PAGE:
Parents on Social Media: Mothers Are More Engaged (Study)

How do parents use social media, and how do usage patterns differ between mothers and fathers? A new study from Pew Research Center sought to provide some clarity.

How do parents use social media, and how do usage patterns differ between mothers and fathers? A new study from Pew Research Center sought to provide some clarity.

The study, conducted by Pew and the University of Michigan’s School of Information, found that 75 percent of all parents use social media, but mothers are more heavily engaged. Meanwhile, both mothers and fathers use social media as a resource for parenting information.

Friendship patterns also differ between parents and non-parents, as the study found that parents are more likely to be friends with their own parents and with neighbors, while non-parents are more likely to be friends with their real-life friends.

Highlights from the study’s findings include:

  • 79 percent of social media-using parents say they get useful information via their networks, with 32 percent strongly agreeing (35 percent of mothers, 27 percent of fathers).
  • 59 percent of social media-using parents have discovered useful information specifically about parenting via social media, with mothers (66 percent) more likely to do so than dads (48 percent).
  • 81 percent of parents who use social media, or 60 percent of all parents, try to respond to good news that is shared in their networks, with 45 percent of social media-using parents saying that they “strongly agree” that they do so—53 percent of mothers, and 33 percent of fathers.
  • 58 percent of parents who use social media try to respond when friends or acquaintances share bad news, with 31 percent of mothers strongly agreeing that they do so, compared with 21 percent of fathers.
  • 74 percent of social media-using parents said they get support from their friends on social media (35 percent strongly agree—45 percent of moms and 22 percent of dads).
  • 42 percent of parents who use social media have received social and emotional support about parenting issues from their online networks—50 percent of mothers, compared with 28 percent of fathers.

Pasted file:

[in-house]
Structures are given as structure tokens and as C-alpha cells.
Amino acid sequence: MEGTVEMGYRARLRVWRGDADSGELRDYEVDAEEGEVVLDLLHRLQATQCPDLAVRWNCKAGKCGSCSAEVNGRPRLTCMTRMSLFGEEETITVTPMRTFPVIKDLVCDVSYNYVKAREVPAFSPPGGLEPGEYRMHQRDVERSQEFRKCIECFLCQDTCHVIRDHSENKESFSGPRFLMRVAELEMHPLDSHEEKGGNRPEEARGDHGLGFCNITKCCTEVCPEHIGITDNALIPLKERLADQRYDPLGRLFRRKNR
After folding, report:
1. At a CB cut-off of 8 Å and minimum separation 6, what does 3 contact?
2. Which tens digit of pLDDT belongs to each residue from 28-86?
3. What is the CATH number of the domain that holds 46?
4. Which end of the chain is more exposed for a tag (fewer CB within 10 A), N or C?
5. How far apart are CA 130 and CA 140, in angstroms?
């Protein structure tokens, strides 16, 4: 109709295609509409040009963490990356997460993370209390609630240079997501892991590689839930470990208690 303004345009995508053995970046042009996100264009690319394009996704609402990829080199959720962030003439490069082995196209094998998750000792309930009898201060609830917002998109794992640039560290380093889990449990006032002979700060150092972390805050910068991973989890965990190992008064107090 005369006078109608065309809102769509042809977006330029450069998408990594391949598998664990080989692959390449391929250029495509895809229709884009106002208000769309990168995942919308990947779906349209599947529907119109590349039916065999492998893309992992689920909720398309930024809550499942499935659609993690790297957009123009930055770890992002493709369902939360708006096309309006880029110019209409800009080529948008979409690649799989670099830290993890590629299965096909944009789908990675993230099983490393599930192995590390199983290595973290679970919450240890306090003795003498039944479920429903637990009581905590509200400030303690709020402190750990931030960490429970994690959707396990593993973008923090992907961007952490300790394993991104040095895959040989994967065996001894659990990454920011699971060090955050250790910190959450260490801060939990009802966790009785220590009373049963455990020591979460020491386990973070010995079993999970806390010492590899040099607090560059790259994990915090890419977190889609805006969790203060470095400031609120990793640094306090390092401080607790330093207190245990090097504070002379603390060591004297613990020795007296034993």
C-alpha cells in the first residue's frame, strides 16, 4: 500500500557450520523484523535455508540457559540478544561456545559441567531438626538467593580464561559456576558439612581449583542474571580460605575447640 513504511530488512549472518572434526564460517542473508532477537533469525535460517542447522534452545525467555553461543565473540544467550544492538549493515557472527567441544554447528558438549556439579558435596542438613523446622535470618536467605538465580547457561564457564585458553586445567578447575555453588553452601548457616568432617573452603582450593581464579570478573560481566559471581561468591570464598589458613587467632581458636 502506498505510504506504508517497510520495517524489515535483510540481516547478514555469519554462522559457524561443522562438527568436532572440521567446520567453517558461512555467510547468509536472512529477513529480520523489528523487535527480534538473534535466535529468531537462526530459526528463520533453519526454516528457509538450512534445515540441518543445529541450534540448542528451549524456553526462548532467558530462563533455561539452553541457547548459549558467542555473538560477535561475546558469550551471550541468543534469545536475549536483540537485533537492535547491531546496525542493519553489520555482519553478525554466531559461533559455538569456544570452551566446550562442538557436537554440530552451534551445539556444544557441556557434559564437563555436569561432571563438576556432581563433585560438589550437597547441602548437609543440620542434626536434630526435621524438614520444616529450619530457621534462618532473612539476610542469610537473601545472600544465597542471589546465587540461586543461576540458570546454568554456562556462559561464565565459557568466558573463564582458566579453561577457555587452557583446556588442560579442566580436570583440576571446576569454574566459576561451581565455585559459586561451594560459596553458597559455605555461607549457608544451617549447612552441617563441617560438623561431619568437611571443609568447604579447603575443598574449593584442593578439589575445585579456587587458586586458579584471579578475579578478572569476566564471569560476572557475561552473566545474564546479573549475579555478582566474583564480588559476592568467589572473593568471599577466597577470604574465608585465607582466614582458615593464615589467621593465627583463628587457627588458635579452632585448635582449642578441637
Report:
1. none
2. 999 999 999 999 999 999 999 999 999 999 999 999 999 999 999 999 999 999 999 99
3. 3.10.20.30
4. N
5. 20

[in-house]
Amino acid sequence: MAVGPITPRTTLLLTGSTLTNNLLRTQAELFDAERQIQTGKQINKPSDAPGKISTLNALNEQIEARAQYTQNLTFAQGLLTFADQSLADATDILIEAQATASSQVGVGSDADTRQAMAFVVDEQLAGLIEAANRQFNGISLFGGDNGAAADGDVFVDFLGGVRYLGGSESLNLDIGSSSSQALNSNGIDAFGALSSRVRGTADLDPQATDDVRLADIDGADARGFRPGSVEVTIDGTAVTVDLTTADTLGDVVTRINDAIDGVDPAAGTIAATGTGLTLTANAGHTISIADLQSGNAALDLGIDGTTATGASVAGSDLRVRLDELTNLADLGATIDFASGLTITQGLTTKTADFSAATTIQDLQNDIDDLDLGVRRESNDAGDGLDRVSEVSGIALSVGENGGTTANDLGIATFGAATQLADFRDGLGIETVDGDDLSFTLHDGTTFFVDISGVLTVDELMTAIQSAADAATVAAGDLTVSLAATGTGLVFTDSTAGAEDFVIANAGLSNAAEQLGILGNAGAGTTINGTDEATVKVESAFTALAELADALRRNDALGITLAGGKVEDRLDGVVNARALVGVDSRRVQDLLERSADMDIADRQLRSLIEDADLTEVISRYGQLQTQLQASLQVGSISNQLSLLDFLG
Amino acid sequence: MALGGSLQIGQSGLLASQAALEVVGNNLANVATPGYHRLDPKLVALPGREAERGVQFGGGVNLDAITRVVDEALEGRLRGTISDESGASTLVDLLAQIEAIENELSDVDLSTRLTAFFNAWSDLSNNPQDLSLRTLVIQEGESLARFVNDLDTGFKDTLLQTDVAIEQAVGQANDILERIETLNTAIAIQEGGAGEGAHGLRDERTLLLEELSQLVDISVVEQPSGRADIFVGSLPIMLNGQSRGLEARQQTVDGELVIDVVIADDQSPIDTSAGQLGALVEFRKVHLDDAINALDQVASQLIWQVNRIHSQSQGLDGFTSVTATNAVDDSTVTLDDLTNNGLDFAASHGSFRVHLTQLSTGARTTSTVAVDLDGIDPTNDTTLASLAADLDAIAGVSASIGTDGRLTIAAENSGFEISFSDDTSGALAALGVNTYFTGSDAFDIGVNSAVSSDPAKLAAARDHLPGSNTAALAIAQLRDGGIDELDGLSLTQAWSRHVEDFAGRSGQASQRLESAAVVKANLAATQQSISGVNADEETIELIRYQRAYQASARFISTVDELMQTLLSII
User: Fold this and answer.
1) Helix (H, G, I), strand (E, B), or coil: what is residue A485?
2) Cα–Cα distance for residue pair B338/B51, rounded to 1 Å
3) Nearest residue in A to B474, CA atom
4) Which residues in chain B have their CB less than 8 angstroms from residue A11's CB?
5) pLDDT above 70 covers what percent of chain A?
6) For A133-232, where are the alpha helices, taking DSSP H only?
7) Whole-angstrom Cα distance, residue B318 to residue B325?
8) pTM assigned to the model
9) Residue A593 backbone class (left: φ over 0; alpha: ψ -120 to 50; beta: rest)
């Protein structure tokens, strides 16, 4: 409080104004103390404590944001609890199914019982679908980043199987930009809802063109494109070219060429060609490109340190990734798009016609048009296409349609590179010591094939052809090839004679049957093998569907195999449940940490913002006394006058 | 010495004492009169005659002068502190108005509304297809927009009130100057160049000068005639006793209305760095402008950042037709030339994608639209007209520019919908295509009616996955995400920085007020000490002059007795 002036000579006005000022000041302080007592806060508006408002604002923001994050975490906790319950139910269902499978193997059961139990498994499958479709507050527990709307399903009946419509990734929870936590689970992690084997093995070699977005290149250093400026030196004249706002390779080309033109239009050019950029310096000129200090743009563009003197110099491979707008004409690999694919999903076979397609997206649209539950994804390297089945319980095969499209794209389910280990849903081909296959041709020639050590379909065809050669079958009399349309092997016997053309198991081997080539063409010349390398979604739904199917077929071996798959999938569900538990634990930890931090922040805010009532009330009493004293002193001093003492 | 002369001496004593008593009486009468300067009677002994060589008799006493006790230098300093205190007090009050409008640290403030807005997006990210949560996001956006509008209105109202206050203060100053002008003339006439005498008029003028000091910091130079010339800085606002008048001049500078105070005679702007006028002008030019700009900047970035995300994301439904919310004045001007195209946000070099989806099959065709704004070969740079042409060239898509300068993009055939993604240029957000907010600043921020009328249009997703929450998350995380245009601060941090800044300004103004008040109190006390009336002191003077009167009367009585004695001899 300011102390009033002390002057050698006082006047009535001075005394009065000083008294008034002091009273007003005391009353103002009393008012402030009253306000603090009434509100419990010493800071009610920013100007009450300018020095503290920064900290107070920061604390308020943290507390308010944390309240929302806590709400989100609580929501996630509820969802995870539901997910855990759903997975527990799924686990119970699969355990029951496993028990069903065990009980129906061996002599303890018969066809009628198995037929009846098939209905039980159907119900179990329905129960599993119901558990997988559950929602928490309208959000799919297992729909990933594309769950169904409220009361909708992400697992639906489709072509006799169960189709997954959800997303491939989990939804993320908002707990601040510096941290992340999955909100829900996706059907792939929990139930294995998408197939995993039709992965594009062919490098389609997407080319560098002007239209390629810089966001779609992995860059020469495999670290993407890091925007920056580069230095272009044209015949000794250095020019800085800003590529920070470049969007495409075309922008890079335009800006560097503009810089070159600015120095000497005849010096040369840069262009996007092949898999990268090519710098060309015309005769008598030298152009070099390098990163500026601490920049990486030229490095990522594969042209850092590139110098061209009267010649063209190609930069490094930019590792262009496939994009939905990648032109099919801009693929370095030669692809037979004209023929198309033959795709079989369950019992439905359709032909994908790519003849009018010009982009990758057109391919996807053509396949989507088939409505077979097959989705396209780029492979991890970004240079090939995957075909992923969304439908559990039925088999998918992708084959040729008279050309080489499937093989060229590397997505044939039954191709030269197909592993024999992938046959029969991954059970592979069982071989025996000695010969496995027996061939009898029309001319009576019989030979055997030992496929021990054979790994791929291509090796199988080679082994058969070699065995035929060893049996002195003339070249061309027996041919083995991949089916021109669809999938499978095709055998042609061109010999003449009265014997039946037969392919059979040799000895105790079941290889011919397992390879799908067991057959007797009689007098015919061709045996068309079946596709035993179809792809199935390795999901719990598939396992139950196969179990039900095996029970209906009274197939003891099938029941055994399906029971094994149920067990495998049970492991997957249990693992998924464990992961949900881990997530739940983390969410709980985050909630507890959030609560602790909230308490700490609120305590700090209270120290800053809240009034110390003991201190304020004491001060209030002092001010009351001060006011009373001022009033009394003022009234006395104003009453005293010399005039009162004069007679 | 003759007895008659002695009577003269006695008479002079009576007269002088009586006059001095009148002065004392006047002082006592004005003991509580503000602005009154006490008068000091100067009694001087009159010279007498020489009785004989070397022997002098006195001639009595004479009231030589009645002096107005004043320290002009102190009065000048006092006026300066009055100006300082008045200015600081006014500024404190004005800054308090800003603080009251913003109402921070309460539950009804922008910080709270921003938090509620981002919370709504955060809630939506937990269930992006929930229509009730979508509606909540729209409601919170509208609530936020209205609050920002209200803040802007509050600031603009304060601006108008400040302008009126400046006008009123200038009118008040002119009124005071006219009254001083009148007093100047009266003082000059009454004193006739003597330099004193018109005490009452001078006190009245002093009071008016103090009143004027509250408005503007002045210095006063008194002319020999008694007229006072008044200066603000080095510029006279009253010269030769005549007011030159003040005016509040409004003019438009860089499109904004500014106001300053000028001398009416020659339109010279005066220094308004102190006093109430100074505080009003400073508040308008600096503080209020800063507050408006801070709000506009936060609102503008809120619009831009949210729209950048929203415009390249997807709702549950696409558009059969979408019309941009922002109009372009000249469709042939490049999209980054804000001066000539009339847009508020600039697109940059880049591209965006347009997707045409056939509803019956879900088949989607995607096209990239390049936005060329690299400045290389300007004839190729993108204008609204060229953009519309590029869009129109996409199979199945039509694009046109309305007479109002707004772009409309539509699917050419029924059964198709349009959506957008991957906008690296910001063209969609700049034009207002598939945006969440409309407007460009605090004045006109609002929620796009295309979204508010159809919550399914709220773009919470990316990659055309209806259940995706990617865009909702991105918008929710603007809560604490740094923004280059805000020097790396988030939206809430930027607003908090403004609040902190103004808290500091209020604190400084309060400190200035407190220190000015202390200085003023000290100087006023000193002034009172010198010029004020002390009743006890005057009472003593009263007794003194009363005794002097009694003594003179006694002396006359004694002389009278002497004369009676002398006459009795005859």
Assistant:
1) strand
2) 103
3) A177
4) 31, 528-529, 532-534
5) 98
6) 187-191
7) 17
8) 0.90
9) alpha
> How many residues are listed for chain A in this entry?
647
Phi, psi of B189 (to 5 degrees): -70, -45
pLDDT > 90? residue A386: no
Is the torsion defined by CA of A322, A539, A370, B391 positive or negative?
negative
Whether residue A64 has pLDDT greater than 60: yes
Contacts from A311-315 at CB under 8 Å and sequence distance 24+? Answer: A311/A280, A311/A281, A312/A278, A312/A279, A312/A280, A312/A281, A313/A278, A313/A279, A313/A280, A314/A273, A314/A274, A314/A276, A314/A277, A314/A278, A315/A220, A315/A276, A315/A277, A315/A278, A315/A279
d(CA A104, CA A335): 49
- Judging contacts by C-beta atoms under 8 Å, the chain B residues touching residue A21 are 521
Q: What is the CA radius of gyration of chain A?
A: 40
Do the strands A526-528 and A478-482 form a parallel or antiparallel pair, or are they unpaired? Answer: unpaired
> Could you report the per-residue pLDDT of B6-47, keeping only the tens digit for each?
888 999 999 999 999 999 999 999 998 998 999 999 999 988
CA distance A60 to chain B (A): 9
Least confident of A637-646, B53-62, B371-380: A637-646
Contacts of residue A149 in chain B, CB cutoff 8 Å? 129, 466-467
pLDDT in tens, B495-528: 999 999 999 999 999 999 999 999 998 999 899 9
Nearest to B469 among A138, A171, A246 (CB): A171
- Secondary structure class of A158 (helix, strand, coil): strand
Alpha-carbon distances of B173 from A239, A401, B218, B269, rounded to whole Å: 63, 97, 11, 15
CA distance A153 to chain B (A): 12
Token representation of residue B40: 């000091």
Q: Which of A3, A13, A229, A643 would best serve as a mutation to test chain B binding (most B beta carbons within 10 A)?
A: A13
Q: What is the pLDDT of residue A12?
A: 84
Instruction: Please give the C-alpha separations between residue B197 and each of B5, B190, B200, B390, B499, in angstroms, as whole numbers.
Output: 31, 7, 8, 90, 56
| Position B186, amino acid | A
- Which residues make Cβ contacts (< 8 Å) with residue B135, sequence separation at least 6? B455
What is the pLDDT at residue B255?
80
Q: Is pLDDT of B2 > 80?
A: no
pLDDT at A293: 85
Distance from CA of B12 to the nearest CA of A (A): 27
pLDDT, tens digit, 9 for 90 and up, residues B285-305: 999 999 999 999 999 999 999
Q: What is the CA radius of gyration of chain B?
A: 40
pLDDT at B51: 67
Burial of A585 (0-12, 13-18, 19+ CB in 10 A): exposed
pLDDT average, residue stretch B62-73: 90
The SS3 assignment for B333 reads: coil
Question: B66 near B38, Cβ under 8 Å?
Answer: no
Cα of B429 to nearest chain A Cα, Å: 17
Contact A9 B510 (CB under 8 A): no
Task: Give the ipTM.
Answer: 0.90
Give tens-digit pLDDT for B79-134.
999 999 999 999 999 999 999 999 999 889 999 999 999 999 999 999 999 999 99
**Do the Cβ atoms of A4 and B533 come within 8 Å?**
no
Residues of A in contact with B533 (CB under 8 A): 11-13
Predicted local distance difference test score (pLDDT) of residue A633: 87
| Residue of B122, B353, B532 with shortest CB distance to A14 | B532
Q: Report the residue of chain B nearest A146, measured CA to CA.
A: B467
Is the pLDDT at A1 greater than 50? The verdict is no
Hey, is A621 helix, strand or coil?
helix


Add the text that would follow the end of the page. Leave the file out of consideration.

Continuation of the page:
• 31 percent of social media-using parents have posted parenting questions on their online networks, with moms and dads equally likely to do so.
  • 71 percent of all parents try to respond to questions posted by people in their online networks if they know the answers, with 32 percent of social media-using parents saying they strongly agree (35 percent of mothers, 28 percent of fathers).
  • The typical parent of Facebook has 150 friends, while typical non-parents have 200, but parents’ networks contain about one-third “actual friends,” while non-parents contain less than one-quarter.

Pew Research Center research associate and report author Maeve Duggan said in a release introducing the new study:

The value parents find in social media echoes what we’ve found in a broader population–it’s an effective way to share information and connect with others. Many parents may have already been social media users before having children, and they’ve adapted these advantages to their new scenarios.

Another report author, University of Michigan associate professor Cliff Lampe, added:

Social network sites like Facebook make it easier to access a broad network of people for both informational and emotional support, and parenting is often a context where we need both. While fathers are often as likely as mothers to use social media to get information about parenting, they lag behind mothers in terms of the support they feel they get from social media use.

Readers: What did you think of the findings in the report?

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